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Holiday calendar: Light up your St. Lucy's Day

Tonight's the night for Scandinavian girls to don crowns of candles and lead processions through the night, in celebration of St. Lucy's Day. In some locales, sweets and gifts are passed out to children. In others, the parties go on all night.

Although it's best known as a Swedish yuletide holiday, the roots of St. Lucy's Day actually go back to Sicily, where the saint lived and died. Lucy is thought to have lived in Syracuse, a city on the island of Sicily, and suffered a martyr's death around the year 310, on Dec. 13. That date has been celebrated as her feast day since the 1300s.

St. Lucy is said to deliver gifts to good children on the night of Dec. 12-13, in the company of a donkey and an escort named Castaldo. The children are told to leave out some coffee for Lucy, some flour for the donkey, and bread for Castaldo — kind of like the milk and cookies that American kids leave for Santa Claus. Click on over to "Your Guide to Italy" for more about the traditions of St. Lucy's Day.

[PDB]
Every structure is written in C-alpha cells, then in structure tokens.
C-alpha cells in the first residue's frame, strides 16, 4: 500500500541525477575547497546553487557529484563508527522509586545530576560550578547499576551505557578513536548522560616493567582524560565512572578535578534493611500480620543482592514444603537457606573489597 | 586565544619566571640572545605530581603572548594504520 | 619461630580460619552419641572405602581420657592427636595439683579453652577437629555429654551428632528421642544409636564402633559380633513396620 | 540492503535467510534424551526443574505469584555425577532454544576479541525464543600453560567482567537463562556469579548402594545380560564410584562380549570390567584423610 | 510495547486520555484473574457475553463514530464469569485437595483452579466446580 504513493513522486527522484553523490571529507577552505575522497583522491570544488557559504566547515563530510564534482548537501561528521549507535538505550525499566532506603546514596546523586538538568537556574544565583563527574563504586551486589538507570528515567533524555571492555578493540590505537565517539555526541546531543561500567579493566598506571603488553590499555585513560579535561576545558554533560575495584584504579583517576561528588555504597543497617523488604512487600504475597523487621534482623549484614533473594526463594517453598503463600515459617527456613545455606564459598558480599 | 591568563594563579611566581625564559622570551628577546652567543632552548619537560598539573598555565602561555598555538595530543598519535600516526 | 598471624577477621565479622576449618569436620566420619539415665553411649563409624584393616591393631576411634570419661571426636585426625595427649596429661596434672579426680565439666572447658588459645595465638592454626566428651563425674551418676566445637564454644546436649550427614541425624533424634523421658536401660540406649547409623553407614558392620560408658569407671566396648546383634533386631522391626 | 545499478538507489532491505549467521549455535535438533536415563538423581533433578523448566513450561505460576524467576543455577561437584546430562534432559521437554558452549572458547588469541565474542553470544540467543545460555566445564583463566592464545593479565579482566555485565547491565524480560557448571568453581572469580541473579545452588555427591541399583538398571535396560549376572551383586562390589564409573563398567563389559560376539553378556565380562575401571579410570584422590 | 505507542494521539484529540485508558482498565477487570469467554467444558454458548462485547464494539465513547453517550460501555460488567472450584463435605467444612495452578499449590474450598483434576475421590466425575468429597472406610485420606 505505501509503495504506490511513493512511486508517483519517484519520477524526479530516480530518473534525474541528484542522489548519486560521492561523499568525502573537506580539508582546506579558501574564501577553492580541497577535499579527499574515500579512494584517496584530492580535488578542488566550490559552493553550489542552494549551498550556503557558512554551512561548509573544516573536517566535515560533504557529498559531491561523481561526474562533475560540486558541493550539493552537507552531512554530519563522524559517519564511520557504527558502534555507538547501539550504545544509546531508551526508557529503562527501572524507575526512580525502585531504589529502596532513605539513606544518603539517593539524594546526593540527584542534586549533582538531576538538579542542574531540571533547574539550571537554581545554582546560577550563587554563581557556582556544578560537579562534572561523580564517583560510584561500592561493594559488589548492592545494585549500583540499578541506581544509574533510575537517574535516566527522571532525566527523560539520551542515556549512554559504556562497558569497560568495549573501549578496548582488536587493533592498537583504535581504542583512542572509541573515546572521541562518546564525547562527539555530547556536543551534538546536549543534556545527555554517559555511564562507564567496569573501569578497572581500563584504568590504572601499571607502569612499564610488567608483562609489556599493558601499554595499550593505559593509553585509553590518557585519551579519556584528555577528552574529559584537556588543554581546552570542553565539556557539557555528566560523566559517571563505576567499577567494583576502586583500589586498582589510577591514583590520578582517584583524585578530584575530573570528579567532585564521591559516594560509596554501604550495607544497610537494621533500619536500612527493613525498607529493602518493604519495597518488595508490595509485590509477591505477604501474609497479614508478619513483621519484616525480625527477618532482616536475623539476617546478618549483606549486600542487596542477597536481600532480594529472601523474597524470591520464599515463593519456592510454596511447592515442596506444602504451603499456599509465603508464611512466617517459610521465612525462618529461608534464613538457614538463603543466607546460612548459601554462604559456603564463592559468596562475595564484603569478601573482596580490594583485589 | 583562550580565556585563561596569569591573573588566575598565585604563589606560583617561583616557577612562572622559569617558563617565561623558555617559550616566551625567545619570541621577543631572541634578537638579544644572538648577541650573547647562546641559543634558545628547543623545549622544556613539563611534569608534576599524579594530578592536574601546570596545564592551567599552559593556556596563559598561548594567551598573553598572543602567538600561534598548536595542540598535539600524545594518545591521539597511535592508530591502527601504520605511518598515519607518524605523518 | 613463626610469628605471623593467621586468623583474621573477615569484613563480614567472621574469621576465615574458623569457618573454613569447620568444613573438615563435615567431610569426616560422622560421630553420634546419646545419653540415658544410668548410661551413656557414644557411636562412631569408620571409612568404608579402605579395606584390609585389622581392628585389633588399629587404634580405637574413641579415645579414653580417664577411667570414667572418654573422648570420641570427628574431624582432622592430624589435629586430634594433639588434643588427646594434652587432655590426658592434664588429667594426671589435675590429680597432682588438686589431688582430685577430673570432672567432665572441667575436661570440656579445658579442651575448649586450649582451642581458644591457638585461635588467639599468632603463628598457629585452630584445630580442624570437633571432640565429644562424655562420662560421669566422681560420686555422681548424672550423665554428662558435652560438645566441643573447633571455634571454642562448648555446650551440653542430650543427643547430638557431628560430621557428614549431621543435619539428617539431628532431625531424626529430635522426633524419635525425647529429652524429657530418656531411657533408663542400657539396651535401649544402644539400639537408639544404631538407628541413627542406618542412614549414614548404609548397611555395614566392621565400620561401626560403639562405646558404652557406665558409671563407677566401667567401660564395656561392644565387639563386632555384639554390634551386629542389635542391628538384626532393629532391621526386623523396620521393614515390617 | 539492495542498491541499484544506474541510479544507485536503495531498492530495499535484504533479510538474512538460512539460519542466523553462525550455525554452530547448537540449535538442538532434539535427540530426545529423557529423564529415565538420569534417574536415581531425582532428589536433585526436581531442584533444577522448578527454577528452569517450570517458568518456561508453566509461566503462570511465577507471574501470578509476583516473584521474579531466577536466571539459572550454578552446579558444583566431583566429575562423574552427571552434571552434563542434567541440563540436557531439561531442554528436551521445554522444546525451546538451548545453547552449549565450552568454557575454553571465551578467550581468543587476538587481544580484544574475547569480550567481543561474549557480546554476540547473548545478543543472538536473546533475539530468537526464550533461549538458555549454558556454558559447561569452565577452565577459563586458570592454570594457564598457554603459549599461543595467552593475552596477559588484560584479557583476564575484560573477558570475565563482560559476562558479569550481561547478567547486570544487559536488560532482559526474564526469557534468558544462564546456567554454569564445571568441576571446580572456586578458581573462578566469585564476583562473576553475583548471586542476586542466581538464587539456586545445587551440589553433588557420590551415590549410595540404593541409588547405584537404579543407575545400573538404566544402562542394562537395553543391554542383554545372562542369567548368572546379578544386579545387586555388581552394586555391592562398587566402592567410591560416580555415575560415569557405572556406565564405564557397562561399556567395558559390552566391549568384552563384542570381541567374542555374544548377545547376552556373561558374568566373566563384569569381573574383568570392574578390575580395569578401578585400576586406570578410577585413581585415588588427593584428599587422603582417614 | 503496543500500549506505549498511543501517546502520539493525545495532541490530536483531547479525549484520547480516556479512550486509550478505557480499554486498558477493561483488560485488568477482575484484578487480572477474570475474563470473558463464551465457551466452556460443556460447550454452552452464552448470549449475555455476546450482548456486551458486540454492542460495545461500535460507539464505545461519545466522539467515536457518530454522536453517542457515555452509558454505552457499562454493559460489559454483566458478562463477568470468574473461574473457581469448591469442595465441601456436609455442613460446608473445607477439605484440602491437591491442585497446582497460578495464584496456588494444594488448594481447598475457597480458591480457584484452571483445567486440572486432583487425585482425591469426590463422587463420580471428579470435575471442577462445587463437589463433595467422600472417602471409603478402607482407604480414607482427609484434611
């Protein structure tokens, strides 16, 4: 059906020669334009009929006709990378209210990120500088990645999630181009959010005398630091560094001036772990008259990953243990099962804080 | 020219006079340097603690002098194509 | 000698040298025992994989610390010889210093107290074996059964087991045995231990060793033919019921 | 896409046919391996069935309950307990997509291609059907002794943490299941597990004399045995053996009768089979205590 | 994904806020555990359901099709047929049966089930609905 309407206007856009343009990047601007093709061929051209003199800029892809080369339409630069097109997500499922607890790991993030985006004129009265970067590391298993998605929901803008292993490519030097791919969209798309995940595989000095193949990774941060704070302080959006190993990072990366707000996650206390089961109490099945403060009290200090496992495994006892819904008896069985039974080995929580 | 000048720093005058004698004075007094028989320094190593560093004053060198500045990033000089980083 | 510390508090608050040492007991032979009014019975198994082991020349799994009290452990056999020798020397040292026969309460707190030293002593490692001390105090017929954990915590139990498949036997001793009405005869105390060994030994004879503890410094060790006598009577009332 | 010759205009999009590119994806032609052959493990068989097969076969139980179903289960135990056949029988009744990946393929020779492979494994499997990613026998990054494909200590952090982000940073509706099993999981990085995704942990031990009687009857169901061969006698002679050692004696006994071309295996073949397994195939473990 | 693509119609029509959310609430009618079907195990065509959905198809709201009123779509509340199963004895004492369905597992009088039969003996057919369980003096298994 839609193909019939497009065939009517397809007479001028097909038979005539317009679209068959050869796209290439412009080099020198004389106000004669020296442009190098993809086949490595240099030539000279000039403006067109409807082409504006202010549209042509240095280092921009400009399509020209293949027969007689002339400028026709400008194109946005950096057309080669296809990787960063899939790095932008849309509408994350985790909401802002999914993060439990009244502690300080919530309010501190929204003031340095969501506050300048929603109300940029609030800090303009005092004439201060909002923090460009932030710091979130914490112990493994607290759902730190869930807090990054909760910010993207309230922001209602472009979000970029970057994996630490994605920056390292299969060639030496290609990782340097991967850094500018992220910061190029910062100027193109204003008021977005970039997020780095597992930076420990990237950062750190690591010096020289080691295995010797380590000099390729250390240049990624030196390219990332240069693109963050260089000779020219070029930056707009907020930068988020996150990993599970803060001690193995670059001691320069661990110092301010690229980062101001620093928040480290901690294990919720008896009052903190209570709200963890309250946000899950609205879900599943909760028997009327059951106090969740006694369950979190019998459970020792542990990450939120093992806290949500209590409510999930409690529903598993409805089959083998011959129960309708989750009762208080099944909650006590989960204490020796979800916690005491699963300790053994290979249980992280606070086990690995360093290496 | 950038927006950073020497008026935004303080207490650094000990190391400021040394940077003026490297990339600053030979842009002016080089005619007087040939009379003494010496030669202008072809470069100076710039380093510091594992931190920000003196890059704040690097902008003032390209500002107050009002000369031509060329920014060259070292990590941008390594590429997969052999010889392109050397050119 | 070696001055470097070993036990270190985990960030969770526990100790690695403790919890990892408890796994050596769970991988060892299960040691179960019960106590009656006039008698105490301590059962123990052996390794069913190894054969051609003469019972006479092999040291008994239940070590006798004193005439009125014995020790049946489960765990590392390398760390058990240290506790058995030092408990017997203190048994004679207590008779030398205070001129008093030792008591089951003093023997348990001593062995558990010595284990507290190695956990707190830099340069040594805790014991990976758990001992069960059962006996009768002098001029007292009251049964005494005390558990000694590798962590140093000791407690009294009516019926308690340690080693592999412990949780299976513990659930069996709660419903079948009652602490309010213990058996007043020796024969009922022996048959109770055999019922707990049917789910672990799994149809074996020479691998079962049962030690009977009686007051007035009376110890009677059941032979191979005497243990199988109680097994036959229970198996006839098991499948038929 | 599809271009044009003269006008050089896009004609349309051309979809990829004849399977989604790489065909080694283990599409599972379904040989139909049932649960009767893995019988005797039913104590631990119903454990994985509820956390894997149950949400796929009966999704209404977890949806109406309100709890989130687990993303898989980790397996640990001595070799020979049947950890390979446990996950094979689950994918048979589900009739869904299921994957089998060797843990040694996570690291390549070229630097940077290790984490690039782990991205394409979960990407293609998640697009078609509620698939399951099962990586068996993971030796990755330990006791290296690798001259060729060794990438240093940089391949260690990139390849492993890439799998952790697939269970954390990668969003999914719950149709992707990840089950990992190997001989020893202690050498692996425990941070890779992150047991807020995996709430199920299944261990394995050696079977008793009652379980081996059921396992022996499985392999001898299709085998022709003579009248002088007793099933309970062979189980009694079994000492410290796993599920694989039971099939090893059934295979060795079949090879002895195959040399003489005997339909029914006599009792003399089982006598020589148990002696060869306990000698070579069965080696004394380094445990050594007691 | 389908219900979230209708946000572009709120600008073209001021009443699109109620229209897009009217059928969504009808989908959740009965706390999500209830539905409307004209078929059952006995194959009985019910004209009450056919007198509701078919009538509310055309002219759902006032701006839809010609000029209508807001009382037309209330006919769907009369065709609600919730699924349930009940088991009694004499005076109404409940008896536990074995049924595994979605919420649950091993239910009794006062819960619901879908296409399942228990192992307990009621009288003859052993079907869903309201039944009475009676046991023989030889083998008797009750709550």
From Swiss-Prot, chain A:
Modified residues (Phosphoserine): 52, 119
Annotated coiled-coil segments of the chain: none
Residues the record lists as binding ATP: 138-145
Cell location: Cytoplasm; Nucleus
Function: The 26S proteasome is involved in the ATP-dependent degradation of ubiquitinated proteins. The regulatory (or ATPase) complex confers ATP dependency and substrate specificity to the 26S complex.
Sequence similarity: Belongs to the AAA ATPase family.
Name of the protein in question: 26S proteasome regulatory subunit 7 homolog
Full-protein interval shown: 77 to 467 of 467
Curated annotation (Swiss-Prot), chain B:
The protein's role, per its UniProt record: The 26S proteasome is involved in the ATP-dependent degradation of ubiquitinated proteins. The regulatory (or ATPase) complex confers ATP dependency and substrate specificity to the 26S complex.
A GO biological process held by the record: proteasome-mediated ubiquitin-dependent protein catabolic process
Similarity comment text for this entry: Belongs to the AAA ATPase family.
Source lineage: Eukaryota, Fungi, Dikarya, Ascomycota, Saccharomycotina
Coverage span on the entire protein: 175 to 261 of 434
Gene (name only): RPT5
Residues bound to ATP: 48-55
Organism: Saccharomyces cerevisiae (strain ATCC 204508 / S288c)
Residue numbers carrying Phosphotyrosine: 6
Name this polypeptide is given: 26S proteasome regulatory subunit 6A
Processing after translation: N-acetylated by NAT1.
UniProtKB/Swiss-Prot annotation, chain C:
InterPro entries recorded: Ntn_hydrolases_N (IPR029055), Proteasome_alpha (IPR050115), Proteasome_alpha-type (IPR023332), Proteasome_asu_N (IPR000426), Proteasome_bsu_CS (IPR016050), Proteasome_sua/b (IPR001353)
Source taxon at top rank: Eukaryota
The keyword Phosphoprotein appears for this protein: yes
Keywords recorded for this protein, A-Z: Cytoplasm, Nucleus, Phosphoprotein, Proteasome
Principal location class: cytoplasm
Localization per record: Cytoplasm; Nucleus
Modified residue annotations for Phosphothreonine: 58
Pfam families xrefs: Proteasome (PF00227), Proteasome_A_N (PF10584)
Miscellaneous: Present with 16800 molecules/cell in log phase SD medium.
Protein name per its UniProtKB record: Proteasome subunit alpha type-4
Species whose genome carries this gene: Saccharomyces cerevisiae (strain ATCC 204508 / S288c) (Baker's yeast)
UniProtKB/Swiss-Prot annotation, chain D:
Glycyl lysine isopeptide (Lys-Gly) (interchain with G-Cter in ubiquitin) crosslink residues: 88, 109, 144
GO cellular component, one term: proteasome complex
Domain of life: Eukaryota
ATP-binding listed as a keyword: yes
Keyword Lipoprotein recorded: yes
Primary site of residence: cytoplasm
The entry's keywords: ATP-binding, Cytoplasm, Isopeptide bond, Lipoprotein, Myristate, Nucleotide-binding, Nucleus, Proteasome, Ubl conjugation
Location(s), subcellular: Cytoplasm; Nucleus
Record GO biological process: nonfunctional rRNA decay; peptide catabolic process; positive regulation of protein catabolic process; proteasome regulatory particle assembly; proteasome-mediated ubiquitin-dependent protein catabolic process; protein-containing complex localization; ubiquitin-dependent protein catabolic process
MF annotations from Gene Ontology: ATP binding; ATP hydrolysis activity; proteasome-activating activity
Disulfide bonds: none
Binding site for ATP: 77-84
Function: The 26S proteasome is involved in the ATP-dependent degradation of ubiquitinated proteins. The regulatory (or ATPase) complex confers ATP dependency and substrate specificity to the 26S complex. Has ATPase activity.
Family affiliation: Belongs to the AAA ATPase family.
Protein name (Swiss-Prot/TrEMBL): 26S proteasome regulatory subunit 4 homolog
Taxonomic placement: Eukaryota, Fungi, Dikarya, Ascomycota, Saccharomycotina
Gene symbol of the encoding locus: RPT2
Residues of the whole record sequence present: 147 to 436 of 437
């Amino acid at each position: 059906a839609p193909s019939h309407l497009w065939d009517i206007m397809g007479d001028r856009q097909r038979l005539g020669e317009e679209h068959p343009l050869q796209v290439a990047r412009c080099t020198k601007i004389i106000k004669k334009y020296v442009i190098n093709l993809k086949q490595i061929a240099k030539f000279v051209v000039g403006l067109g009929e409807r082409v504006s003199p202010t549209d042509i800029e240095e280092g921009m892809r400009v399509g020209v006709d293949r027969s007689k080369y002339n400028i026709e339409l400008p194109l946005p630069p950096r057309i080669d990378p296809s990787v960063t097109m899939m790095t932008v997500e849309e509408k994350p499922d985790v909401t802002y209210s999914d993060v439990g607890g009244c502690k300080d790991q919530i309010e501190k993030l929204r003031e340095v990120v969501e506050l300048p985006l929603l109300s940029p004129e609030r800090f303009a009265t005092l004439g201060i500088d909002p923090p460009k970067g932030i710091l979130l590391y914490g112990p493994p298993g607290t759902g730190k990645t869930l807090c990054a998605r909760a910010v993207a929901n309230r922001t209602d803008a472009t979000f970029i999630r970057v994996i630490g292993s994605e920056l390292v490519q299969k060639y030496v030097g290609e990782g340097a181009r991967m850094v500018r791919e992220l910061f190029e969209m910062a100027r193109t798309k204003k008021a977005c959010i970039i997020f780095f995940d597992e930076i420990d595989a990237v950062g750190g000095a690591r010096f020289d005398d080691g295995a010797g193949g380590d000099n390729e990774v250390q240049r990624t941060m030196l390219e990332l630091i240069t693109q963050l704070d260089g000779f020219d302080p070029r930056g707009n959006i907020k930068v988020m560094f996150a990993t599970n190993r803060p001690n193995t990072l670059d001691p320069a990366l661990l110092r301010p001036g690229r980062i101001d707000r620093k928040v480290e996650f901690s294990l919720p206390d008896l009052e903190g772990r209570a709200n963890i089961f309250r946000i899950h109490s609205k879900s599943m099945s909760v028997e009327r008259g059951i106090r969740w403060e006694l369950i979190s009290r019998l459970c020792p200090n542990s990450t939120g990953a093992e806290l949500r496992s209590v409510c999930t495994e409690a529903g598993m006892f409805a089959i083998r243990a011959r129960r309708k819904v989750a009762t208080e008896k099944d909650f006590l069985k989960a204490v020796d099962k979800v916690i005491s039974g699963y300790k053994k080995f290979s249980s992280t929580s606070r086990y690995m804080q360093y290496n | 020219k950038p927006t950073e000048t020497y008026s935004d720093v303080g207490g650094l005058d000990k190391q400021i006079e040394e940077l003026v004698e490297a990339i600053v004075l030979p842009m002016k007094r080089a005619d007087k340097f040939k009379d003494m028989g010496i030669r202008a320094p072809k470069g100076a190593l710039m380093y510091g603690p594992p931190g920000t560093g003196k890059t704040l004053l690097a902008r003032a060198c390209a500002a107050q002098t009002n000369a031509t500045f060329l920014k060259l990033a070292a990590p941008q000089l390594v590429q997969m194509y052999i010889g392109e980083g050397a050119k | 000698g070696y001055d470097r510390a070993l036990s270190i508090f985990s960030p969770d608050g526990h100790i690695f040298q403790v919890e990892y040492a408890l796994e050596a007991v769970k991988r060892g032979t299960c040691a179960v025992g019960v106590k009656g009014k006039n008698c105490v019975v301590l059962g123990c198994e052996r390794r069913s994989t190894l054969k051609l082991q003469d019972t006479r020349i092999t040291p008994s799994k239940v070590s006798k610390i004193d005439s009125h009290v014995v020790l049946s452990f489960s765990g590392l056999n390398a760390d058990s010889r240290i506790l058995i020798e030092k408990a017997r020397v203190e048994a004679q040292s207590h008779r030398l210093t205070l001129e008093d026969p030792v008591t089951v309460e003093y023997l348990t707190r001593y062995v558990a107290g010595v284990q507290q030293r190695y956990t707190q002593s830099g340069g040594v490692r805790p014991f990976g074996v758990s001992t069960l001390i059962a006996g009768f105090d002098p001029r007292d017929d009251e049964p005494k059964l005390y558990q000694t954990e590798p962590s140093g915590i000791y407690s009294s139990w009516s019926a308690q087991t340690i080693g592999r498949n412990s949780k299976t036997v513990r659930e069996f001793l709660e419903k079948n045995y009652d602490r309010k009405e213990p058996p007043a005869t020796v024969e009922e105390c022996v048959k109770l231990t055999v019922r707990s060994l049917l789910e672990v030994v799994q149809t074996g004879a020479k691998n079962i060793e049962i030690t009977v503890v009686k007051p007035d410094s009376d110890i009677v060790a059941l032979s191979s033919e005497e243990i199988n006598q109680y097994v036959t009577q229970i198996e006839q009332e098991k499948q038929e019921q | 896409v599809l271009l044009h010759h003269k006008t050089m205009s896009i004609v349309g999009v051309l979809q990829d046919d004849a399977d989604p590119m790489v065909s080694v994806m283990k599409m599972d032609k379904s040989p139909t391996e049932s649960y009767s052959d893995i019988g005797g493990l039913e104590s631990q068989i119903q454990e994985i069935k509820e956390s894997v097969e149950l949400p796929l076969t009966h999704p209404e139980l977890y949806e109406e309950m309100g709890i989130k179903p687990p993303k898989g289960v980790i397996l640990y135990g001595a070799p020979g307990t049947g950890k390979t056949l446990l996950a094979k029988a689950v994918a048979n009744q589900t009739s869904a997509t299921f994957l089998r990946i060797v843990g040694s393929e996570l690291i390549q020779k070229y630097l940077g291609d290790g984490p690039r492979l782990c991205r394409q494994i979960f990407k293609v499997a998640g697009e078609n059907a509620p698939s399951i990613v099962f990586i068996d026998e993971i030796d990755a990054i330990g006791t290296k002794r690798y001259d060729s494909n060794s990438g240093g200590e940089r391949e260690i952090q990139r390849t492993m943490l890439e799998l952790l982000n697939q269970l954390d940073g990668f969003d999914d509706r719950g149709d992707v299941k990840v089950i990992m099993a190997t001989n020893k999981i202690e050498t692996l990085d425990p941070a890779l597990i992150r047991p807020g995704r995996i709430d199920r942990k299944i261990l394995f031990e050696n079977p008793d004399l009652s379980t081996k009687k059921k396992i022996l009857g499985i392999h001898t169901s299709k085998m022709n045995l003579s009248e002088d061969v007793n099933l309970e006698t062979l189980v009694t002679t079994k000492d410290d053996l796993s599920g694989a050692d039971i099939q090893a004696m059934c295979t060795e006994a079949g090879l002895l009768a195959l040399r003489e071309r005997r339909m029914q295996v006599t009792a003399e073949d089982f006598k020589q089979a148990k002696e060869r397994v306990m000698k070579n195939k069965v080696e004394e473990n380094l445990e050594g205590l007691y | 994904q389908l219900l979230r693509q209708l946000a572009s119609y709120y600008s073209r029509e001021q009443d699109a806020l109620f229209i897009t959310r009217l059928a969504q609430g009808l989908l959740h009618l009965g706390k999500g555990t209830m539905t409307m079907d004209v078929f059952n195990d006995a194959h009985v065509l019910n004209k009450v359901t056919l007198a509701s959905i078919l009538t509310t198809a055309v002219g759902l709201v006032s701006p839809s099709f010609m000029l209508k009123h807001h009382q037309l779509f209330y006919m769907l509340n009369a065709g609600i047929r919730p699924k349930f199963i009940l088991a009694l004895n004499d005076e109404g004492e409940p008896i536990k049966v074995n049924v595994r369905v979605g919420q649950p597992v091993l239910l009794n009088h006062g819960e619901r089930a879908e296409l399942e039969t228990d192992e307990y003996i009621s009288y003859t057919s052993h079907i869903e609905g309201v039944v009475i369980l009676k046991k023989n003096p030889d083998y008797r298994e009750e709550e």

Candlelight processions are a big part of the St. Lucy's Day festivities, whether you're in Sweden or Sicily. This night photograph of Sicily, snapped on Aug. 18 from the International Space Station, shows the island as if it were lit up for "Santa Lucia." It's tonight's offering from the Cosmic Log Advent Calendar, which highlights views of Earth from space every day from now until Christmas. We'll serve up another visual treat on Wednesday, and in the meantime, catch up on the calendar entries you may have missed:

Connect with the Cosmic Log community by "liking" the log's Facebook page, following @b0yle on Twitter and adding the Cosmic Log page to your Google+ presence. You can also check out "The Case for Pluto," my book about the controversial dwarf planet and the search for new worlds.